The 12 yoga poses studied here appear to be a safe and effective means to reverse bone loss in the spine and the femur.[10]

 

These 12 yang postures proved to be safe and beneficial for osteoporotic spines. Is Yin Yoga safe for students with osteoporosis? Maybe! Certainly, care should be taken, but some stress to the bones is healthy and Yin Yoga can be a safe way to obtain that stress. Dr. Fishman’s studies have shown that twists and extensions can be safe and helpful. However, since every body is different, whether you should do flexions is not something we cannot say a priori. Work with your medical team/therapist; experiment a little; check in with the results and adjust from there.

Return to Topics

[1] See Margaret Martin’s blog and video on her website.

[2] In the Forum at www.YinYoga.com, I have written a longer response to Margaret’s blog called yin poses/osteoporosis.

[3] See NASA’s explanation of disuse osteoporosis.

[4] Greg Lehman, “If you want to stretch your hamstrings please continue to do so,” Reconciling Biomechanics with Pain Science (2012).

[5] See Greg Lehman’s articles here and here.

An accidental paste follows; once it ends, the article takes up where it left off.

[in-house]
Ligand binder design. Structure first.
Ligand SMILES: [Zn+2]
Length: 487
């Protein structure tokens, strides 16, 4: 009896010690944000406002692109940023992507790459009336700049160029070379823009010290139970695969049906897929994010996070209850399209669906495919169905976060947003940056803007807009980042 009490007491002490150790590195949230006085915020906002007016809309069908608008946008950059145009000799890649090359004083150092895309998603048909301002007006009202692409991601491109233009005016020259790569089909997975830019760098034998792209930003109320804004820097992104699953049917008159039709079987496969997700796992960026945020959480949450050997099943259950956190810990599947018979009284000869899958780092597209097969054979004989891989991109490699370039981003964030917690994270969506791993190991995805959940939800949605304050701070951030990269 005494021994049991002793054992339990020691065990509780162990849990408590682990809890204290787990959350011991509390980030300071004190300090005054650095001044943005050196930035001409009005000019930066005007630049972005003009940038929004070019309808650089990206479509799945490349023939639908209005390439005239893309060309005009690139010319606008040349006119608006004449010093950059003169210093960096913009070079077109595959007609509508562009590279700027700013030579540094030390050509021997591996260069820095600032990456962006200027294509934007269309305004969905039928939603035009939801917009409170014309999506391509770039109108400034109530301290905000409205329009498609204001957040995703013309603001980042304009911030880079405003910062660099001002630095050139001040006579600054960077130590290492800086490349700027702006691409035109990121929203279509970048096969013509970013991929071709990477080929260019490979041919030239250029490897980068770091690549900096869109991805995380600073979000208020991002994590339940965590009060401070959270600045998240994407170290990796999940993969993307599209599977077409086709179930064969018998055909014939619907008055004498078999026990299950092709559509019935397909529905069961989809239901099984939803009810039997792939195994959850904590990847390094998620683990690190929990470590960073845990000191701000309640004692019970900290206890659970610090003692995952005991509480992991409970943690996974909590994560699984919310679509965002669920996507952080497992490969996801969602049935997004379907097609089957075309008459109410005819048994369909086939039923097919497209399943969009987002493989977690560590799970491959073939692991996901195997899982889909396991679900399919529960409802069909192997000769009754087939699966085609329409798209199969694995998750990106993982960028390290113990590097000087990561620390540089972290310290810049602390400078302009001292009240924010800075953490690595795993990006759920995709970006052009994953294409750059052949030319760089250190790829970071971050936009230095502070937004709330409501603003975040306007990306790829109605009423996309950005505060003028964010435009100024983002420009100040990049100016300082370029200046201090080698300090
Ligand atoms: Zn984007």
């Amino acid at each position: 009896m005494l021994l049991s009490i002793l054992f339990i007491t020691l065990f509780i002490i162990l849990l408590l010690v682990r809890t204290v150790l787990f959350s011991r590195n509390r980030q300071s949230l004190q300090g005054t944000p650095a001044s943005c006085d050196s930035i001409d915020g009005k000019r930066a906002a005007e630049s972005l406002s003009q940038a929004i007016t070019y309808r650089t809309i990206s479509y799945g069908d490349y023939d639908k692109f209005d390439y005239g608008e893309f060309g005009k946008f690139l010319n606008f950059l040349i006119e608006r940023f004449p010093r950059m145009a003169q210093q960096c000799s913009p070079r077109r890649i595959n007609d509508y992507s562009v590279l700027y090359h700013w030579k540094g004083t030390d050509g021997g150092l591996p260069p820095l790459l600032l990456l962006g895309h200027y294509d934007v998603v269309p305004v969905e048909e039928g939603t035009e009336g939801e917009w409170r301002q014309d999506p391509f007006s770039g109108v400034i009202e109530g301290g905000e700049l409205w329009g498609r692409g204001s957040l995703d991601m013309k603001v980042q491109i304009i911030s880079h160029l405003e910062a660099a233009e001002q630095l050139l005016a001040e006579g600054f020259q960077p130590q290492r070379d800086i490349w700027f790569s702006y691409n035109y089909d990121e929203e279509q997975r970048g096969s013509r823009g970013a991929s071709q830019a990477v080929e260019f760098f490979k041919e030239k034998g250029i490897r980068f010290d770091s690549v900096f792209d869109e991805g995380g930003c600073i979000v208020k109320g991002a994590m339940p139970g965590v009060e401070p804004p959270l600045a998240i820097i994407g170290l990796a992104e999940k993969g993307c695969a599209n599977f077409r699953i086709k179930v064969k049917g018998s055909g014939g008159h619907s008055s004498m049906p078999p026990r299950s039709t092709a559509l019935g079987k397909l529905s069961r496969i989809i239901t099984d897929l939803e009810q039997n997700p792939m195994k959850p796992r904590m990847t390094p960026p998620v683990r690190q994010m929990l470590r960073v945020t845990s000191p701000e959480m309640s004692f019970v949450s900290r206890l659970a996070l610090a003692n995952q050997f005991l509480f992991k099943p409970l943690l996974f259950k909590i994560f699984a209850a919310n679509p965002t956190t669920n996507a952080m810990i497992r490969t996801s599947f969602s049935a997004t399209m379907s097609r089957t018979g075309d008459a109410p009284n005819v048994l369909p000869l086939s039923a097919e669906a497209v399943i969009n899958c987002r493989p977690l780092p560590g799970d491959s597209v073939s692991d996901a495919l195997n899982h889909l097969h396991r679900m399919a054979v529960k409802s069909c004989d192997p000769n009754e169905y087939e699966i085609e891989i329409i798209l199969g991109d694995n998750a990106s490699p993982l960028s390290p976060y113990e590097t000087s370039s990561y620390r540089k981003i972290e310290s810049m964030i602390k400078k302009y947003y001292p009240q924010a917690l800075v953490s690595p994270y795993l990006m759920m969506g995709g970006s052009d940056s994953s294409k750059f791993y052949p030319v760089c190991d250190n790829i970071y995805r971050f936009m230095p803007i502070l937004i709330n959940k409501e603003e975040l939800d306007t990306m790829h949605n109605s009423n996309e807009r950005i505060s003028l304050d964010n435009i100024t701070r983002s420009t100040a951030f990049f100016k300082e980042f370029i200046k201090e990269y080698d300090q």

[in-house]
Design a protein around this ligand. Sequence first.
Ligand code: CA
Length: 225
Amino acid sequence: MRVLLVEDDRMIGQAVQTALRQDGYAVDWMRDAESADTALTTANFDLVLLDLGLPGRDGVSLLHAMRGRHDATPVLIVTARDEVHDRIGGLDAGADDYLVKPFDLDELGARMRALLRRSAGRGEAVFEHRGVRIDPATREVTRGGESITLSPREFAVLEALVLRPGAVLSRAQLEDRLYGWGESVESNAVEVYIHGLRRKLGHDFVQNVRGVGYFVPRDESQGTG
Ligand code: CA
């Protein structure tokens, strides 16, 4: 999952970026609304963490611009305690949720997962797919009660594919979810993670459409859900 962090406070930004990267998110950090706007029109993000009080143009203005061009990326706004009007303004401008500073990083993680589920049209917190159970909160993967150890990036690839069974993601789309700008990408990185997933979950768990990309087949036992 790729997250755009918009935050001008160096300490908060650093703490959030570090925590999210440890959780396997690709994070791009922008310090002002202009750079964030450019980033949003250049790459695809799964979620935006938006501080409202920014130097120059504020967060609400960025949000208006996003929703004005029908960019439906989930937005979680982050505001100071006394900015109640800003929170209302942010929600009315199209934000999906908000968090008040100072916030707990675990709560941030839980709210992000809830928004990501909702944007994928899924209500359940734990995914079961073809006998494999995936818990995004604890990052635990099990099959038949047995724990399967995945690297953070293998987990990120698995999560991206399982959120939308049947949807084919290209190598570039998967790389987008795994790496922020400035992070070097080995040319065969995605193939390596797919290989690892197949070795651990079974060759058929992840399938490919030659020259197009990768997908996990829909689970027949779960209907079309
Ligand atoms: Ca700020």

[6] A more recent, 2019 Mayo Clinic study on the same topic found that only extreme flexion or extension positions caused problems. “Yoga has many benefits. It improves balance, flexibility, strength and is a good social activity,” says Mehrsheed Sinaki, M.D., a Mayo Clinic physical medicine and rehabilitation specialist and the study’s senior author. “But if you have osteoporosis or osteopenia, you should modify the postures to accommodate your condition.”

[7] See the work of Julius Wolff, a German anatomist in the late 1880s.

[8] Again, I recommend Dr. Fishman’s book Yoga for Osteoporosis for a good overview of the cellular effects of exercise on our bone cells

[9] See Yi-Hsueh Lu, Bernard Rosner, Gregory Chang and Loren M. Fishman, “Twelve-Minute Daily Yoga Regimen Reverses Osteoporotic Bone Loss,” Topics in Geriatric Rehabilitation 00.0 (2015): 1–7.

[10] Ibid.